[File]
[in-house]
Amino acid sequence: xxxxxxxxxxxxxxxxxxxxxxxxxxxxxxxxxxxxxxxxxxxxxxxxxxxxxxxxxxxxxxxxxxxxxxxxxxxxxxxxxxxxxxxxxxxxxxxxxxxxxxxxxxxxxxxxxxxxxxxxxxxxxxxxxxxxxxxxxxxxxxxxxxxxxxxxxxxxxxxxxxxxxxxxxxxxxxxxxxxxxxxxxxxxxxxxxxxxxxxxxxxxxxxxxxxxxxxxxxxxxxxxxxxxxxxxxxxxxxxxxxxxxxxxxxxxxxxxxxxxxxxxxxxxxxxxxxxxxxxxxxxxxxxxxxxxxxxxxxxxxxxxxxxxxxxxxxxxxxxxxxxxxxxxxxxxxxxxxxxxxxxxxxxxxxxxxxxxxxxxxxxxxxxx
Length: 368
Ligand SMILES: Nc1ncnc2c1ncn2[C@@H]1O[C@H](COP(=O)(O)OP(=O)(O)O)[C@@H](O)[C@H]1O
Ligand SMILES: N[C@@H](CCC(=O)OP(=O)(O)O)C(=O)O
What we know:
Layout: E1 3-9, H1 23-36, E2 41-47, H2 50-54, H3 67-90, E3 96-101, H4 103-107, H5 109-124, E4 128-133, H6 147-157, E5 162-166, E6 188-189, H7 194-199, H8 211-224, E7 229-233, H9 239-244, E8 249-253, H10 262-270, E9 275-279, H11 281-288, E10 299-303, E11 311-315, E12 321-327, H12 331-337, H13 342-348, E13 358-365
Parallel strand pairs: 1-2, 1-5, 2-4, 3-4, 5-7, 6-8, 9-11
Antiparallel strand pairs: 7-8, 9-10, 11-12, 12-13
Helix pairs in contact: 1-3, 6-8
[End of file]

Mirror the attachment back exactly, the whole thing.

[in-house]
Amino acid sequence: xxxxxxxxxxxxxxxxxxxxxxxxxxxxxxxxxxxxxxxxxxxxxxxxxxxxxxxxxxxxxxxxxxxxxxxxxxxxxxxxxxxxxxxxxxxxxxxxxxxxxxxxxxxxxxxxxxxxxxxxxxxxxxxxxxxxxxxxxxxxxxxxxxxxxxxxxxxxxxxxxxxxxxxxxxxxxxxxxxxxxxxxxxxxxxxxxxxxxxxxxxxxxxxxxxxxxxxxxxxxxxxxxxxxxxxxxxxxxxxxxxxxxxxxxxxxxxxxxxxxxxxxxxxxxxxxxxxxxxxxxxxxxxxxxxxxxxxxxxxxxxxxxxxxxxxxxxxxxxxxxxxxxxxxxxxxxxxxxxxxxxxxxxxxxxxxxxxxxxxxxxxxxxxx
Length: 368
Ligand SMILES: Nc1ncnc2c1ncn2[C@@H]1O[C@H](COP(=O)(O)OP(=O)(O)O)[C@@H](O)[C@H]1O
Ligand SMILES: N[C@@H](CCC(=O)OP(=O)(O)O)C(=O)O
What we know:
Layout: E1 3-9, H1 23-36, E2 41-47, H2 50-54, H3 67-90, E3 96-101, H4 103-107, H5 109-124, E4 128-133, H6 147-157, E5 162-166, E6 188-189, H7 194-199, H8 211-224, E7 229-233, H9 239-244, E8 249-253, H10 262-270, E9 275-279, H11 281-288, E10 299-303, E11 311-315, E12 321-327, H12 331-337, H13 342-348, E13 358-365
Parallel strand pairs: 1-2, 1-5, 2-4, 3-4, 5-7, 6-8, 9-11
Antiparallel strand pairs: 7-8, 9-10, 11-12, 12-13
Helix pairs in contact: 1-3, 6-8